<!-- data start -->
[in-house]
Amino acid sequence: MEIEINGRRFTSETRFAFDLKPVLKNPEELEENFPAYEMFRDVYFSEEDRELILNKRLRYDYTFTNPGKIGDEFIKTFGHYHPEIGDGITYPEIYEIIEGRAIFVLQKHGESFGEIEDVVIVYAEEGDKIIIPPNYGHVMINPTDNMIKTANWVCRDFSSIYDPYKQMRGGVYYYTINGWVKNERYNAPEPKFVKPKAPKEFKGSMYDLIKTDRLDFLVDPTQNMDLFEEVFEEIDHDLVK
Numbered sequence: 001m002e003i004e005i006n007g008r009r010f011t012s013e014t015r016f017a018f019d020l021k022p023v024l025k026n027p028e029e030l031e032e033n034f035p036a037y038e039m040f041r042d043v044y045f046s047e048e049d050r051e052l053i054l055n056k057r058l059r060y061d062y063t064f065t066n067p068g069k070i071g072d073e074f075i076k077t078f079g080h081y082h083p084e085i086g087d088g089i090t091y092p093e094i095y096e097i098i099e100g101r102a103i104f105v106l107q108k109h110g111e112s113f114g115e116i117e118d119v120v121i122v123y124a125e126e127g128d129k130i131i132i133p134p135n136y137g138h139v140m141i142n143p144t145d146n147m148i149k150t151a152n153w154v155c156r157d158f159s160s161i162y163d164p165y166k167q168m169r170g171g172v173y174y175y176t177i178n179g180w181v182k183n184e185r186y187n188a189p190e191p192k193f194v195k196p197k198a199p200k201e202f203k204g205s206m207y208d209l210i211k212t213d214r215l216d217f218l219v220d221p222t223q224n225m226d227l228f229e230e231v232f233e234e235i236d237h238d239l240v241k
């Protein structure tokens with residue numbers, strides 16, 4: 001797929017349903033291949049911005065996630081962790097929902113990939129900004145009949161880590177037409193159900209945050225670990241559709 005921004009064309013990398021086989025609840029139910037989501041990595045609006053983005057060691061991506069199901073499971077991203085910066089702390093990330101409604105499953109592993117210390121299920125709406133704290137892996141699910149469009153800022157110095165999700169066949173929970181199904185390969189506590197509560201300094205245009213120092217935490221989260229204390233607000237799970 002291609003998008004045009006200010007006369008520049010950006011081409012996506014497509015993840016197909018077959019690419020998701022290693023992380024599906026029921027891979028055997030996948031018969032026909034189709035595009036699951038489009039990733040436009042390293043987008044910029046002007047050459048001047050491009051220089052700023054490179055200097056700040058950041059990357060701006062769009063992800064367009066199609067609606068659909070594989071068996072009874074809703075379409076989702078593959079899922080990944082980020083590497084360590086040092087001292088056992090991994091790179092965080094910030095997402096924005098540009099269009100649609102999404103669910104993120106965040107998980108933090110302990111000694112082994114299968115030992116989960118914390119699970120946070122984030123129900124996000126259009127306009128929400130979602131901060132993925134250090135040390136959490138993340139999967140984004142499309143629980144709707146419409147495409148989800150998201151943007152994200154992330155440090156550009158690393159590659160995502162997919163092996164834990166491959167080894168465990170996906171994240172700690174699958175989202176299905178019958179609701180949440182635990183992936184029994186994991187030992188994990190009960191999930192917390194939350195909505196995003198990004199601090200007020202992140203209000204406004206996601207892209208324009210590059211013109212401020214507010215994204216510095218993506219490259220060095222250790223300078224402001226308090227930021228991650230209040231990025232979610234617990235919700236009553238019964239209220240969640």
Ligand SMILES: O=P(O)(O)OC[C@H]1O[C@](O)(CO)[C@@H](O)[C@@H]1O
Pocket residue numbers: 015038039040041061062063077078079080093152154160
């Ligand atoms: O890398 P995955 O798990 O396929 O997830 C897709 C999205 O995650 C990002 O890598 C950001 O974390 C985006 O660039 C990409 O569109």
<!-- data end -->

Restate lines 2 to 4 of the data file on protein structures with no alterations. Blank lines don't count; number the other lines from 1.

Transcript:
Amino acid sequence: MEIEINGRRFTSETRFAFDLKPVLKNPEELEENFPAYEMFRDVYFSEEDRELILNKRLRYDYTFTNPGKIGDEFIKTFGHYHPEIGDGITYPEIYEIIEGRAIFVLQKHGESFGEIEDVVIVYAEEGDKIIIPPNYGHVMINPTDNMIKTANWVCRDFSSIYDPYKQMRGGVYYYTINGWVKNERYNAPEPKFVKPKAPKEFKGSMYDLIKTDRLDFLVDPTQNMDLFEEVFEEIDHDLVK
Numbered sequence: 001m002e003i004e005i006n007g008r009r010f011t012s013e014t015r016f017a018f019d020l021k022p023v024l025k026n027p028e029e030l031e032e033n034f035p036a037y038e039m040f041r042d043v044y045f046s047e048e049d050r051e052l053i054l055n056k057r058l059r060y061d062y063t064f065t066n067p068g069k070i071g072d073e074f075i076k077t078f079g080h081y082h083p084e085i086g087d088g089i090t091y092p093e094i095y096e097i098i099e100g101r102a103i104f105v106l107q108k109h110g111e112s113f114g115e116i117e118d119v120v121i122v123y124a125e126e127g128d129k130i131i132i133p134p135n136y137g138h139v140m141i142n143p144t145d146n147m148i149k150t151a152n153w154v155c156r157d158f159s160s161i162y163d164p165y166k167q168m169r170g171g172v173y174y175y176t177i178n179g180w181v182k183n184e185r186y187n188a189p190e191p192k193f194v195k196p197k198a199p200k201e202f203k204g205s206m207y208d209l210i211k212t213d214r215l216d217f218l219v220d221p222t223q224n225m226d227l228f229e230e231v232f233e234e235i236d237h238d239l240v241k
């Protein structure tokens with residue numbers, strides 16, 4: 001797929017349903033291949049911005065996630081962790097929902113990939129900004145009949161880590177037409193159900209945050225670990241559709 005921004009064309013990398021086989025609840029139910037989501041990595045609006053983005057060691061991506069199901073499971077991203085910066089702390093990330101409604105499953109592993117210390121299920125709406133704290137892996141699910149469009153800022157110095165999700169066949173929970181199904185390969189506590197509560201300094205245009213120092217935490221989260229204390233607000237799970 002291609003998008004045009006200010007006369008520049010950006011081409012996506014497509015993840016197909018077959019690419020998701022290693023992380024599906026029921027891979028055997030996948031018969032026909034189709035595009036699951038489009039990733040436009042390293043987008044910029046002007047050459048001047050491009051220089052700023054490179055200097056700040058950041059990357060701006062769009063992800064367009066199609067609606068659909070594989071068996072009874074809703075379409076989702078593959079899922080990944082980020083590497084360590086040092087001292088056992090991994091790179092965080094910030095997402096924005098540009099269009100649609102999404103669910104993120106965040107998980108933090110302990111000694112082994114299968115030992116989960118914390119699970120946070122984030123129900124996000126259009127306009128929400130979602131901060132993925134250090135040390136959490138993340139999967140984004142499309143629980144709707146419409147495409148989800150998201151943007152994200154992330155440090156550009158690393159590659160995502162997919163092996164834990166491959167080894168465990170996906171994240172700690174699958175989202176299905178019958179609701180949440182635990183992936184029994186994991187030992188994990190009960191999930192917390194939350195909505196995003198990004199601090200007020202992140203209000204406004206996601207892209208324009210590059211013109212401020214507010215994204216510095218993506219490259220060095222250790223300078224402001226308090227930021228991650230209040231990025232979610234617990235919700236009553238019964239209220240969640």